Childhood obesity is said to be at epidemic proportions. Now imagine telling a child that he has to eat healthy and exercise when a president or even a New Jersey governor is considerably overweight. Obesity is not just a personal matter when societal medical costs and the effects on children are considered.
Donald Giorgione, Cherry Hill
Church can't afford the upkeep
As an eighth grader at Sacred Heart School more than 50 years ago, I took a class trip to visit St. Charles Borromeo Seminary - now the focus of a $14 million renovation project ("Archdiocesan fund-raising falling short," Feb. 10). I was impressed then, and I'm still amazed at this estate, but why does the church still own it?
This is not the 19th or 20th century. Schools and parishes are closing because of demographics. The child-abuse scandal and decreasing numbers of practicing Catholics make raising money difficult.
The church must go back to its roots and leave the Main Line. Move the Archdiocese of Philadelphia seminary to one of the inner-city parishes, and let the church's future leaders learn in an environment that reflects the potential growth of the church.
Andrew J. Anderson, Marlton
Smart alternatives to postal cuts
Five-day delivery is the wrong way, but there are Washington interests that would like to see the Postal Service pushed to the fiscal cliff so that privatization could move in.
That failed in Europe. Besides, the Postal Service provides the nation with more than just mail delivery. Carriers save lives and serve as a neighborhood town watch. On the Saturday before each Mother's Day, postal workers conduct the biggest one-day food drive in the nation.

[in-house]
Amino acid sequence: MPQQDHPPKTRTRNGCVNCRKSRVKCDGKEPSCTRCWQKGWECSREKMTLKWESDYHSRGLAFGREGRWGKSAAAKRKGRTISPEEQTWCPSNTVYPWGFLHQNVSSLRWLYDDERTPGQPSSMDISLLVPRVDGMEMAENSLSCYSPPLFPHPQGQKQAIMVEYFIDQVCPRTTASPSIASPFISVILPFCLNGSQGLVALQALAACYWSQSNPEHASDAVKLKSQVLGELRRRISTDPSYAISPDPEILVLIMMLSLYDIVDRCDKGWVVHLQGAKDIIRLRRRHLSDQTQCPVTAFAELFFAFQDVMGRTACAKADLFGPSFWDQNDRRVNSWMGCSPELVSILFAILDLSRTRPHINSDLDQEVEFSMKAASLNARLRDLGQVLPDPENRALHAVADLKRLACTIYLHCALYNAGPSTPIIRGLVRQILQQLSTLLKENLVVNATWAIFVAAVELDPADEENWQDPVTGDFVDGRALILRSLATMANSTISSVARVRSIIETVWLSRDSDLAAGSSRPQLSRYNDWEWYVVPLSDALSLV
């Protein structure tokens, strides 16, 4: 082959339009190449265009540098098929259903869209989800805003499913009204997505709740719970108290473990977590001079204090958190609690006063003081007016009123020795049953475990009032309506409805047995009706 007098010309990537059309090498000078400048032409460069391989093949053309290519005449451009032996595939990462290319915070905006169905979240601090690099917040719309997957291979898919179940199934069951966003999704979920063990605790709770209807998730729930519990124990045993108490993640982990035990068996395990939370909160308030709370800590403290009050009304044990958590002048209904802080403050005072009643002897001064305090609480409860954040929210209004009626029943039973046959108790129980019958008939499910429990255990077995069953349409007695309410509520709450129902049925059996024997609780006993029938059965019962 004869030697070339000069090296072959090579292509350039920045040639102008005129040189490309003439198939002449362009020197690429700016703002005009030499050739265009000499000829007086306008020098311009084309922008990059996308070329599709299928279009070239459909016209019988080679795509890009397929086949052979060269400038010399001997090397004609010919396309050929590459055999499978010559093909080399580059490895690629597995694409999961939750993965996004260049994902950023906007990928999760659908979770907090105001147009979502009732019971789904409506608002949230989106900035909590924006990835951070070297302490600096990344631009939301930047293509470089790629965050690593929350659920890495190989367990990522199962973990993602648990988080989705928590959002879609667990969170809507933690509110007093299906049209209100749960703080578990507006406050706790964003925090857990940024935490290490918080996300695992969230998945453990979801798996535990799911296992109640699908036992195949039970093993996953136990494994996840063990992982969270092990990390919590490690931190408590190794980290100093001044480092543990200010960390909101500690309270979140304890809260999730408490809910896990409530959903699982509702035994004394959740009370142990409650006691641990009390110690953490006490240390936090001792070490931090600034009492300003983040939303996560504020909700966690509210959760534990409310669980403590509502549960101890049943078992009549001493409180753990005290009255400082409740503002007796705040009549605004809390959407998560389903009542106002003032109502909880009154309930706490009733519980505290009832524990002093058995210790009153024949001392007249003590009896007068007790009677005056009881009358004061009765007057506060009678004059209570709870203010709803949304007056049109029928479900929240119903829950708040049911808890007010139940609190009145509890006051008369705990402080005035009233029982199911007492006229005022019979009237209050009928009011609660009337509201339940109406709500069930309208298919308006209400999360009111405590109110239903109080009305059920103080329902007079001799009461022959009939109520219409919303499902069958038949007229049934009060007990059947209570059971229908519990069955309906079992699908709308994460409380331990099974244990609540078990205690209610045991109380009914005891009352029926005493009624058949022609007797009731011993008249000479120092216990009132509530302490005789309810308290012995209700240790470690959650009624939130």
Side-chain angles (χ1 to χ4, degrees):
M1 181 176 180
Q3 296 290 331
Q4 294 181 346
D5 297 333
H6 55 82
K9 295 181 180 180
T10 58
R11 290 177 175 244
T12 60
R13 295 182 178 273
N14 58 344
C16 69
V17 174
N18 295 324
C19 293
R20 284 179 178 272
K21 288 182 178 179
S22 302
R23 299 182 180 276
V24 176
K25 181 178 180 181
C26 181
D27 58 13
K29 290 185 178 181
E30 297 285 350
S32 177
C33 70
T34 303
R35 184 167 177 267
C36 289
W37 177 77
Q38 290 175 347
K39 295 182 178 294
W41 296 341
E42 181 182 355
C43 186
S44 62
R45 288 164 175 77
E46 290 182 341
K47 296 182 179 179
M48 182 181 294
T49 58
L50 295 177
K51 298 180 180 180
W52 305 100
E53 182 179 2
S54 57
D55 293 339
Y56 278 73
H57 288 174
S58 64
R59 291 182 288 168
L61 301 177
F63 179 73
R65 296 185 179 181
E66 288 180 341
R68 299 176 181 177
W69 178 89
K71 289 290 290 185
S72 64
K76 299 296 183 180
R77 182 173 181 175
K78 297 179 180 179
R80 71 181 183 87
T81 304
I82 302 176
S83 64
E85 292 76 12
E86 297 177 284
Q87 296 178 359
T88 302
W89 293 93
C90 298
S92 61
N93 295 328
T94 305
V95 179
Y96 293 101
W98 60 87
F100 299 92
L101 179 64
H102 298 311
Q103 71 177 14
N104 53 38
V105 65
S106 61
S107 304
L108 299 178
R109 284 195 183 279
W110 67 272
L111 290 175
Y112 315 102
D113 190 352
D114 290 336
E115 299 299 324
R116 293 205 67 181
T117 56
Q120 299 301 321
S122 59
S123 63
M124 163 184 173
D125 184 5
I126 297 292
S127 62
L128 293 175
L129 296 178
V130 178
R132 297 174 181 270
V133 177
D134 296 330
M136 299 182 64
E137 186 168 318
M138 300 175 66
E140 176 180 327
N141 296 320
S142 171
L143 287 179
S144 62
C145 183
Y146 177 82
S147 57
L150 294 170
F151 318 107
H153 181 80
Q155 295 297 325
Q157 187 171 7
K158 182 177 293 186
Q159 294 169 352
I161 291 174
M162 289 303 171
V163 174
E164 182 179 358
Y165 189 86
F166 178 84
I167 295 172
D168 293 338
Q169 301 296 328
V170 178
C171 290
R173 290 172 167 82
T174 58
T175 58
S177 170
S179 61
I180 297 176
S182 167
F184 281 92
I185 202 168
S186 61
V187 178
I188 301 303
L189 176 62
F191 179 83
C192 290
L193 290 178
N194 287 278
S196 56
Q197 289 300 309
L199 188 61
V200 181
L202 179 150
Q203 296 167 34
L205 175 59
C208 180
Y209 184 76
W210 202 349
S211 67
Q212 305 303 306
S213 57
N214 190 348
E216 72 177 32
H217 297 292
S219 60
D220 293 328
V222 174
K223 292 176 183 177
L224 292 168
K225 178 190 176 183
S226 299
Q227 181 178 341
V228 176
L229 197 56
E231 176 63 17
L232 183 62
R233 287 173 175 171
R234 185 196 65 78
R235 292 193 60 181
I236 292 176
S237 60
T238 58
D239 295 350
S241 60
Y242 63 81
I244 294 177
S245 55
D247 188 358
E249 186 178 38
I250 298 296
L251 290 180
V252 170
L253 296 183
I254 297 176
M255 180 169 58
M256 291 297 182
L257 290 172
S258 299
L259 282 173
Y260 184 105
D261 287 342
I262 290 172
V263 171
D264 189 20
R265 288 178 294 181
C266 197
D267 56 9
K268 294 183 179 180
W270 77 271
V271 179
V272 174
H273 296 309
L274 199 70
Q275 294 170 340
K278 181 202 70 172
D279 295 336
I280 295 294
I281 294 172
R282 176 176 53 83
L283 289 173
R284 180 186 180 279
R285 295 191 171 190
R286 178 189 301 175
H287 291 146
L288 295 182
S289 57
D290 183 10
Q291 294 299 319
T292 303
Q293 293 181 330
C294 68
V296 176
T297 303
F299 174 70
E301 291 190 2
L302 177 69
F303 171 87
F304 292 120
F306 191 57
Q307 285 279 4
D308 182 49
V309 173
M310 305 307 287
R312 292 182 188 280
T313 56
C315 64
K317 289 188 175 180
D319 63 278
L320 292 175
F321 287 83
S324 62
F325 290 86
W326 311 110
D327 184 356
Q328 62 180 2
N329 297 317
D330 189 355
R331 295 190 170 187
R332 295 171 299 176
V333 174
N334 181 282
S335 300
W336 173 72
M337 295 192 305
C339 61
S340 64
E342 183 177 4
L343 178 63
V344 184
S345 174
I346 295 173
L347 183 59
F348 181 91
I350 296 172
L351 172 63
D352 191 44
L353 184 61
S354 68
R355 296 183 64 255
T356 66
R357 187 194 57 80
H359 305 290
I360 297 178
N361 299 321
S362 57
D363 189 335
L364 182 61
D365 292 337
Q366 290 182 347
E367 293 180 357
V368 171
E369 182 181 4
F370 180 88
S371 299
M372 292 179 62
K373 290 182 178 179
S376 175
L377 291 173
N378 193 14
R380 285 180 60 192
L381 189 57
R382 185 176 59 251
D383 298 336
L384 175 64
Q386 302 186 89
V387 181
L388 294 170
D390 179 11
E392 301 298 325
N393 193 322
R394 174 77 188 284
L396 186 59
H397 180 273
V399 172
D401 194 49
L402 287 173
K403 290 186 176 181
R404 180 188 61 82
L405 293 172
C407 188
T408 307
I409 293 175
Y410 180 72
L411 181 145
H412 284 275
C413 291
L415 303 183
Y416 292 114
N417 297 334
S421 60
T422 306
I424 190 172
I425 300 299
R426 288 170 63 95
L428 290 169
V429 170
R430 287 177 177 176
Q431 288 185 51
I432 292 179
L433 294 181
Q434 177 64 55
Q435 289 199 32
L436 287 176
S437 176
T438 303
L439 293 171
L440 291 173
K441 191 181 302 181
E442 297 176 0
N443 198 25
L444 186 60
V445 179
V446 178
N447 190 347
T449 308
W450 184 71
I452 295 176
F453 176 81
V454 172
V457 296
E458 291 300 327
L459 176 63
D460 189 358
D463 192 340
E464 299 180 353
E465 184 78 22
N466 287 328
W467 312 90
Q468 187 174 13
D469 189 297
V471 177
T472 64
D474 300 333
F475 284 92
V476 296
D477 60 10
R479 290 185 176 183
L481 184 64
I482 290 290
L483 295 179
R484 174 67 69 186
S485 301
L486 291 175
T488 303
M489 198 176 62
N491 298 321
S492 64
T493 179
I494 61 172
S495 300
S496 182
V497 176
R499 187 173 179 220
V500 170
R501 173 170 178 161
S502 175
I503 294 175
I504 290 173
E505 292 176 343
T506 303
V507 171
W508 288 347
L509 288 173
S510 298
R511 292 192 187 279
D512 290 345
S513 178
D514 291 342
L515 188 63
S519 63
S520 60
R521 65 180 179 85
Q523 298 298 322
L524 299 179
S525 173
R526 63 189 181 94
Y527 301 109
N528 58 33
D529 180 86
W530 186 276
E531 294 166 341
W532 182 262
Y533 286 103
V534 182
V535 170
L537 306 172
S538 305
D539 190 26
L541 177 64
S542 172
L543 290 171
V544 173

Congress can strengthen the Postal Service by crafting a meaningful reform that eases pension obligations and expands competitiveness.
Clay Smith, political director, National Association of Letter Carriers, Glenside
Abstaining from privatization
I've changed my mind about privatizing the liquor control system in Pennsylvania after checking prices for about 20 items in stores in Delaware, New York, and New Jersey. Most of the out-of-state prices were higher and the inventory was vastly smaller. This was especially true for wine, other than jug or box wine. Prices for a decent bottle were significantly higher. So I'm now very much in favor of keeping the system as it is.
Edward T. Hoffman, Harleysville
Reform taxes, ease housing costs
What New Jersey needs to support affordable housing is an end to its 19th-century dependence on local property taxes ("Court should foil Christie's housing fiat," Feb. 8). A broader state property tax replacing local taxes would yield many positive outcomes, including lower taxes in most communities (making housing more affordable).
It would also end the fiscal incentive to zone out affordable housing as a ratable that doesn't pay the cost of providing municipal and school services. That would end much of the controversy around the siting of affordable housing.
A state property tax also could be used to provide local tax stabilization in return for strong growth controls in environmentally sensitive communities, farmlands, and areas with water resources. That should be a concern to all, regardless of income.
Dan Hoffman, Philadelphia
Zero tolerance for gun misuse
Responsible gun owners should demand that irresponsible owners be punished. There should be a law along the lines of "one mistake with a gun and you're done." Guns are not toys. If a person acts irresponsibly with a weapon just once, all of his or her firearms should be confiscated and the individual should be banned from ever owning a gun again.
JoAnn Carey, Warminster